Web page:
Brendan (roho) wrote,
Brendan
roho

I break the silence to bring you...

Yogurt!

Okay, so, like, there's been a billion things going on, what with new job, new location, trying to sell house, trying to keep nose above water...It's been interesting. And I should probably write it up. However, this post actually is about yogurt o_o

I've been experimenting with homemade yogurt since the move to Boston - my office is right next to the kitchen, which makes cooking much easier than in the old house. And since apparently several folks have been inquiring about the homemade yogurt process, I'm putting it here for any interested for easy linking! Without further ado:


Fresh Crock-Pot Yogurt
There seem to be about as many different ways to make yogurt as there are people - since it's roughly as old as civilization itself, this really isn't surprising. The process below, arrived at through some experimentation, seems to be both easy for the busy geek, and pretty foolproof.

Equipment:

  • Crock Pot (4-quart)

  • A large towel, blanket, electric blanket, or heating pad

  • A temperature probe (strongly recommended)

  • A colander with a large coffee filter or cheesecloth (if making strained/Greek yogurt)



Ingredients:

  • 2 quarts (1/2 gal) of high-quality 1% milk (seems to be more predictable than skim or whole)

  • 1/2 cup of powdered lowfat milk

  • 1/2 cup of plain yogurt with active (important!) cultures



Directions:

  1. Add the 2 quarts of milk to the crock pot. Whisk in the 1/2 cup of powdered milk.

  2. Put the lid on, and start the crock pot. You're aiming for 160-180 degrees, so you'll have to experiment with your pot to see what setting gets you there. I recommend sticking with the 'low' setting, if possible, it'll take a little longer but much less chance of burning anything.

  3. Let the milk heat until it reaches 160-180. You want it above 160 for at least 10 minutes, or pretty much as soon as it hits 180.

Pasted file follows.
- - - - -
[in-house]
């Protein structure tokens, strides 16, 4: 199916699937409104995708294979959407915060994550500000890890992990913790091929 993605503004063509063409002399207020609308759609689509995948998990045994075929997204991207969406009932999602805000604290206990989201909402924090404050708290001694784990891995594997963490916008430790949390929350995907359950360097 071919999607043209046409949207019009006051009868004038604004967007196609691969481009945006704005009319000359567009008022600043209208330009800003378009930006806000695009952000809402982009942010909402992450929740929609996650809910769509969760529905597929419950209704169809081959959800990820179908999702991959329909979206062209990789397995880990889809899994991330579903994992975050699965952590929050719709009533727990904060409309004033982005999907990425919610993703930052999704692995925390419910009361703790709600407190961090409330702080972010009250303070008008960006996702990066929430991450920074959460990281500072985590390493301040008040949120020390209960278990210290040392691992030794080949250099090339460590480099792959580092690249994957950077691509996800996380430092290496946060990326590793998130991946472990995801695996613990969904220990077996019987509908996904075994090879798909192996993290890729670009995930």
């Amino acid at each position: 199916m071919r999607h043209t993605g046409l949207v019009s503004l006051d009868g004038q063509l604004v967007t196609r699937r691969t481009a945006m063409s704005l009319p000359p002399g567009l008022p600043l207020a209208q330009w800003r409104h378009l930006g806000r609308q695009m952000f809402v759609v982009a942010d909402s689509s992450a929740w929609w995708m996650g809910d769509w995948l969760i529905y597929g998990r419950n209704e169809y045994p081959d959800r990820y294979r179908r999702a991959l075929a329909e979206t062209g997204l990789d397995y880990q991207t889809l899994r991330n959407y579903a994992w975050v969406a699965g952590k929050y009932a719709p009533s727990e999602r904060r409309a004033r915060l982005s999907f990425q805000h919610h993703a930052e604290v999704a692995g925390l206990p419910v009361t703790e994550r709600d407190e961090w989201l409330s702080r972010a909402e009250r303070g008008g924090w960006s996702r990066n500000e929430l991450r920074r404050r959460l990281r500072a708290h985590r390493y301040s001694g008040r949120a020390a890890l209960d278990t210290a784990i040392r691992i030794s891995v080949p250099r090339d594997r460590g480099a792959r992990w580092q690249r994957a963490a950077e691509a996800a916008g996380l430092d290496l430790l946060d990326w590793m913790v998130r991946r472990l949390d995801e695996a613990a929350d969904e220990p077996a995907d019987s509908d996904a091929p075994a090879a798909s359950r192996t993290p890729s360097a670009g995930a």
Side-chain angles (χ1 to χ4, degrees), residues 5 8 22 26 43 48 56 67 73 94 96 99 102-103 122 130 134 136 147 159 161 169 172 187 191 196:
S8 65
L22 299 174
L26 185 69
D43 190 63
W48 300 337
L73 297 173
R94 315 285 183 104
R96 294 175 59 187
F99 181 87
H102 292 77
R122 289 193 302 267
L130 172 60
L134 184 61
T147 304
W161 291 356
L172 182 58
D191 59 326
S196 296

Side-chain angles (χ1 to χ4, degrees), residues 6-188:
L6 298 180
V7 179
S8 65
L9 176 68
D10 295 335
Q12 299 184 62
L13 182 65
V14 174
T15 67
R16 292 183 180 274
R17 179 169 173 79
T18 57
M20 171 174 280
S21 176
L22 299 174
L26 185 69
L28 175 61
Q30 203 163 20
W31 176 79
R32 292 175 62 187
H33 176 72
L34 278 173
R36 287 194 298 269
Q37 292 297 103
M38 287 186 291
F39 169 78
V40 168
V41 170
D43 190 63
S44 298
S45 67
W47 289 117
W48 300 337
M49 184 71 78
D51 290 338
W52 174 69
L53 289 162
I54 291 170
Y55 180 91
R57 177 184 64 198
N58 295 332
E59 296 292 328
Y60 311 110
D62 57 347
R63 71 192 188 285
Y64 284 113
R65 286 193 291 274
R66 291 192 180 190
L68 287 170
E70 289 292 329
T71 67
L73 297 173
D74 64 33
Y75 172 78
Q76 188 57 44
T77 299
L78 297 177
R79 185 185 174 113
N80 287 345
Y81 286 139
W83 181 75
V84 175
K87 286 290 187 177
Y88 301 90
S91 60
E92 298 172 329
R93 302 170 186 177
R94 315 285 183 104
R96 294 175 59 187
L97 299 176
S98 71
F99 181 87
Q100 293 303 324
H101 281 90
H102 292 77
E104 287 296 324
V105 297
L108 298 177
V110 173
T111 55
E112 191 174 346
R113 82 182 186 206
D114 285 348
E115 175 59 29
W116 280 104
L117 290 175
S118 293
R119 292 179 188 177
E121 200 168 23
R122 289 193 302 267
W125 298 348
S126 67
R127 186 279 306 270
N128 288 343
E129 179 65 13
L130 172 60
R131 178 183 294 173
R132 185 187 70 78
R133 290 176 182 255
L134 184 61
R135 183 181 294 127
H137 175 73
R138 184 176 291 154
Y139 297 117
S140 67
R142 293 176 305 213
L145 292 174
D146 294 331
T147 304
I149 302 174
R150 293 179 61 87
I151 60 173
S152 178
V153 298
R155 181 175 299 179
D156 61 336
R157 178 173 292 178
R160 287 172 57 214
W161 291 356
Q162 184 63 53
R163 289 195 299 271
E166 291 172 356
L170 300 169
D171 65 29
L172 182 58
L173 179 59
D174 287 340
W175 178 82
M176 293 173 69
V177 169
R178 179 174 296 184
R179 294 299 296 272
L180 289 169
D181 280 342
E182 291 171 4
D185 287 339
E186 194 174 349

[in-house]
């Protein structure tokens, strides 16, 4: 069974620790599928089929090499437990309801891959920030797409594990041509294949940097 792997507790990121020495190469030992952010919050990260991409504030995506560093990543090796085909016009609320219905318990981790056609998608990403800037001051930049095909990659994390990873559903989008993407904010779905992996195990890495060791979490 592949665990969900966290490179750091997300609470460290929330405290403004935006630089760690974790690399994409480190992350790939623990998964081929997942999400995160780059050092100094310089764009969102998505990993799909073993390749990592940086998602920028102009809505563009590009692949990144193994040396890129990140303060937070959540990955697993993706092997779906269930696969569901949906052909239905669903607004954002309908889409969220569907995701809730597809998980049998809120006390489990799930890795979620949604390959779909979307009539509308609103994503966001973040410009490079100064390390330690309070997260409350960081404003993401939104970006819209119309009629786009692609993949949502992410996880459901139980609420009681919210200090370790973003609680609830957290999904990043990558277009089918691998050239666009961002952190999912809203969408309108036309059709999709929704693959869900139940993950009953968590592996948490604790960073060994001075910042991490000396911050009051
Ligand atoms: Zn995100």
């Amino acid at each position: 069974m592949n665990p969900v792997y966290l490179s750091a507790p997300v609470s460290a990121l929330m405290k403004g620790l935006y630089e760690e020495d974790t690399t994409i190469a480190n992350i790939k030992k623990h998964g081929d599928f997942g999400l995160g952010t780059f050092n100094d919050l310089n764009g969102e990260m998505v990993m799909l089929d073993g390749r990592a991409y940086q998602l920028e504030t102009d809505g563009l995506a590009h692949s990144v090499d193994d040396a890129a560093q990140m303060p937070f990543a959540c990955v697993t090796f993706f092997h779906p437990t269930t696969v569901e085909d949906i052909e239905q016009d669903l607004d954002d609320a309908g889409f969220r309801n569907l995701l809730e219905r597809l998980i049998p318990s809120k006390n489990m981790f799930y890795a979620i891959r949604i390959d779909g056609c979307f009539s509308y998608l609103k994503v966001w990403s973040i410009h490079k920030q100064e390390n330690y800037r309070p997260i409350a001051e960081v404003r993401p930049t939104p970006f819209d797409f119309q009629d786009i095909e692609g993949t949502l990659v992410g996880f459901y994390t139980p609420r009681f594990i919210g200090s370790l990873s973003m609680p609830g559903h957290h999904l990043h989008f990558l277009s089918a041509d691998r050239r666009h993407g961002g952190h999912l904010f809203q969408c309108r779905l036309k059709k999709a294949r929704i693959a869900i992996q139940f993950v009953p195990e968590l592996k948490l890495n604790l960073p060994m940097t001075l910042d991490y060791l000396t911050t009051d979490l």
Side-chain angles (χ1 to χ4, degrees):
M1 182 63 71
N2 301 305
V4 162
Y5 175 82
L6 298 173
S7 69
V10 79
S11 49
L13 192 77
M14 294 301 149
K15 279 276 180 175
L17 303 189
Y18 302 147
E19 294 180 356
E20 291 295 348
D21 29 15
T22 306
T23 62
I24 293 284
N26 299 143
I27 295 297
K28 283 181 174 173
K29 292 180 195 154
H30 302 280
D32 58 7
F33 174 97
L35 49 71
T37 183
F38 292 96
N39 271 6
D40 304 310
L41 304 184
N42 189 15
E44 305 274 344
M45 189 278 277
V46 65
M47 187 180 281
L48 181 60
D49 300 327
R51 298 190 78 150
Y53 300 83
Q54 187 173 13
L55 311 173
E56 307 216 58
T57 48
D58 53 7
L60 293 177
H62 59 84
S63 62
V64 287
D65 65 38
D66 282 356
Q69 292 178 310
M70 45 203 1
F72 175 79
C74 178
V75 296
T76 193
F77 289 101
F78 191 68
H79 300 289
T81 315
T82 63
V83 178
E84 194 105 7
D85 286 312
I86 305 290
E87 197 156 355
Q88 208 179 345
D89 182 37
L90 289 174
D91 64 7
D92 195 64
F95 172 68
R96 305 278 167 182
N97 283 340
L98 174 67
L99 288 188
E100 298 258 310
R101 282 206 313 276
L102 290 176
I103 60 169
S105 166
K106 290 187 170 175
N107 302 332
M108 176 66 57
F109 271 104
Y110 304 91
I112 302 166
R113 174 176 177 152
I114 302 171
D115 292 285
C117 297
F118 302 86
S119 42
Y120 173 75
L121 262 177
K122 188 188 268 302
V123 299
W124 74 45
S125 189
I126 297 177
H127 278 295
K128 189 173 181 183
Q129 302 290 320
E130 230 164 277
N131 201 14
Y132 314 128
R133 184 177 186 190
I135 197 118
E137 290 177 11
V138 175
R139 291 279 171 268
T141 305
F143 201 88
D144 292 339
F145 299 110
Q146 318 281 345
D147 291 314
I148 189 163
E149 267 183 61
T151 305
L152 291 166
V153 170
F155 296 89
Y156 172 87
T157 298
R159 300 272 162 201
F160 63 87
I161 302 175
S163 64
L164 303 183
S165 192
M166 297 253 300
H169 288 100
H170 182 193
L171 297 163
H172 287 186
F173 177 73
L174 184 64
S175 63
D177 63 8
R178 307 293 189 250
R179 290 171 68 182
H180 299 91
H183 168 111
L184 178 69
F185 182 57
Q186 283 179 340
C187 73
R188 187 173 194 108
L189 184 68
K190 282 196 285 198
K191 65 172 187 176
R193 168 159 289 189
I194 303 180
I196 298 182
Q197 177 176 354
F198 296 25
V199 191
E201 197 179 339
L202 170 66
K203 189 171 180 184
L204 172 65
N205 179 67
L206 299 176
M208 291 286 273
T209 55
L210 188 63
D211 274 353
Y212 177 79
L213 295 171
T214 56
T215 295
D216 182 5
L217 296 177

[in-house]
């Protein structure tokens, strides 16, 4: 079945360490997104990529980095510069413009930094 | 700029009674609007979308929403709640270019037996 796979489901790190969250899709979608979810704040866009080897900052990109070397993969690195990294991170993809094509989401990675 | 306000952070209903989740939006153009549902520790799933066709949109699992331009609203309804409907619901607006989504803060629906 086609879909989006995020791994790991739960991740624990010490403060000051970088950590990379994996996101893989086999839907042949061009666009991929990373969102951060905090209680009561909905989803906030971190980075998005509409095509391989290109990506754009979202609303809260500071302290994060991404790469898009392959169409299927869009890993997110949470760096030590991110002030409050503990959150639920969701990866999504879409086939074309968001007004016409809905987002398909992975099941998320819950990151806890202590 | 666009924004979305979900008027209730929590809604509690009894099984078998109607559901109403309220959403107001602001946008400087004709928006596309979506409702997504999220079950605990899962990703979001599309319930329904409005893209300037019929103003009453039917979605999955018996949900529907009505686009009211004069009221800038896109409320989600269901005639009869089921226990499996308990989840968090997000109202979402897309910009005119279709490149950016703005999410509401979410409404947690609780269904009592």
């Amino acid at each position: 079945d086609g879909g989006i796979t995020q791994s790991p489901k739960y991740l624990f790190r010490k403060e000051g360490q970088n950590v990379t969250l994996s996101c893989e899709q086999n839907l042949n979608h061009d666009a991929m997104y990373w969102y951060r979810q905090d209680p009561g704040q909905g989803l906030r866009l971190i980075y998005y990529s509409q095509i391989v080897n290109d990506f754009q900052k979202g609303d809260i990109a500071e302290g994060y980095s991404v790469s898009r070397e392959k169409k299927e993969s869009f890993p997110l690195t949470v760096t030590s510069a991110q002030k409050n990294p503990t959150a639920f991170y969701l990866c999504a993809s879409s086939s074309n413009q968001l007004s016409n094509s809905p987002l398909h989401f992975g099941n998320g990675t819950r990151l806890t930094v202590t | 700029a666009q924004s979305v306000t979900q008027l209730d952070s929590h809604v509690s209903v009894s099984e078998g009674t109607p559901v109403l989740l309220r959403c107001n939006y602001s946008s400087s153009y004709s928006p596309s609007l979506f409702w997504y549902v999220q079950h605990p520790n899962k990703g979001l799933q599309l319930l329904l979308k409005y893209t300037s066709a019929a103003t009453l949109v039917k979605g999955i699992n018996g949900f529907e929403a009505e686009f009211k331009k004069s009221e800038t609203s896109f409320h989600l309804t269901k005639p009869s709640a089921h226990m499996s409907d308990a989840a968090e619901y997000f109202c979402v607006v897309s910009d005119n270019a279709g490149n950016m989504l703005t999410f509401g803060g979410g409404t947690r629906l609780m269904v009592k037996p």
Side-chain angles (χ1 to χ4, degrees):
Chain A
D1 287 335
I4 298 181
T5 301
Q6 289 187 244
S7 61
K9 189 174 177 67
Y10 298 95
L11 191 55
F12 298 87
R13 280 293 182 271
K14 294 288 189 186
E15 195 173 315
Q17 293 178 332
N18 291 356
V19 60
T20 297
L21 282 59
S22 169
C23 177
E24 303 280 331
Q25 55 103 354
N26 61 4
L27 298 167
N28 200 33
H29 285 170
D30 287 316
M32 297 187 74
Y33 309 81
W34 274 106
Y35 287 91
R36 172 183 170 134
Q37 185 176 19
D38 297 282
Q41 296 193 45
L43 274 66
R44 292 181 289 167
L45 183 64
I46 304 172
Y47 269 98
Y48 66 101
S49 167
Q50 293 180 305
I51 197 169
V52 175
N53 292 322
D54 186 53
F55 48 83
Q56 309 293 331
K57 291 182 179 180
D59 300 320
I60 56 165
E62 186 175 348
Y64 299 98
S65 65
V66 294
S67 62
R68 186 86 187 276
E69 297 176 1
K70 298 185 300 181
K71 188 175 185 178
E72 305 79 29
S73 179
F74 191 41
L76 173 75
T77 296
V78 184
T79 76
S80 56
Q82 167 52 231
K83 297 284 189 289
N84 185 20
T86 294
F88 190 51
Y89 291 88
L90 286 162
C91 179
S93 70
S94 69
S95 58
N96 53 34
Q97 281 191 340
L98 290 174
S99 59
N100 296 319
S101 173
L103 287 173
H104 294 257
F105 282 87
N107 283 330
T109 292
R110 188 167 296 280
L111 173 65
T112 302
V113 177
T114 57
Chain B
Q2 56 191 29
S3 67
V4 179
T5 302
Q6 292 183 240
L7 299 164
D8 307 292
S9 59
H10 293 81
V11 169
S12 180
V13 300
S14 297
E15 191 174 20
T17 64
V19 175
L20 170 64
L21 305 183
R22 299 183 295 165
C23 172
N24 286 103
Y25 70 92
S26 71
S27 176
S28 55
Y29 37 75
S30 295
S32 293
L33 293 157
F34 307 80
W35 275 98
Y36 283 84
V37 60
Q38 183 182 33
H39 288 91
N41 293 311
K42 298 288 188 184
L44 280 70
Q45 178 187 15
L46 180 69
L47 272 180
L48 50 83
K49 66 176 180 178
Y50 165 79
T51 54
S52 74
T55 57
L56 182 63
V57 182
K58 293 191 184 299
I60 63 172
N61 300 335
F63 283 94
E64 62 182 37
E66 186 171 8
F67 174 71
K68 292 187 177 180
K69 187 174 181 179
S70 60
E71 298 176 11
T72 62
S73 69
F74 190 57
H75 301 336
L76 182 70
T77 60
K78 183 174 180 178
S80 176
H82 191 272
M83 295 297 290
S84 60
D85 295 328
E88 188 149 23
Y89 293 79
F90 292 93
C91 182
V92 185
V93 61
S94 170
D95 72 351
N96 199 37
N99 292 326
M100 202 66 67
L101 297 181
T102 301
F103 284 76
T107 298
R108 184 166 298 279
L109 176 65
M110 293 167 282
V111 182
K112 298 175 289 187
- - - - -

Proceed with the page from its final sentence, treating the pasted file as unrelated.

4. Once the target temperature is reached, remove the crock-part of the crock pot, and place it in a sink full of cold water, up to about an inch below the rim of the crock. This assumes your crock pot crock can be removed like this - most can. Do not put the pluggy-in part of the crock pot in a full sink, unless you want us to read about you on a website with 'fail' or 'darwin' in the URL

  5. Stirring regularly, monitor the temperature of the scalded milk. You want to take it out of the water about when it hits 120. This shouldn't take very long - 15-20 minutes tops.

  6. Remove the crock from the water, and set on the counter. It should keep coming down in temp fairly quickly for a bit after you remove it.

  7. When it reaches 110-115 degrees, remove 1 cup of the hot milk, and pour it into a small mixing bowl with the 1/2 cup of pre-existing active yogurt. Whisk thoroughly, then pour it back into the crock.

  8. Lid the crock, and wrap it up fully to incubate. I've been wrapping it with an electric blanket on medium heat, which turns off after 3 hours. A large bath towel should work just as well, especially if you warm it briefly in the dryer first. Incubation time is up to you - probably no less than 4 hours, and not much more than 12. I tend to go with 8-9. You can do this right out on the counter, the crock and towel/blanket should keep the temperature more than happy for the critical first couple hours.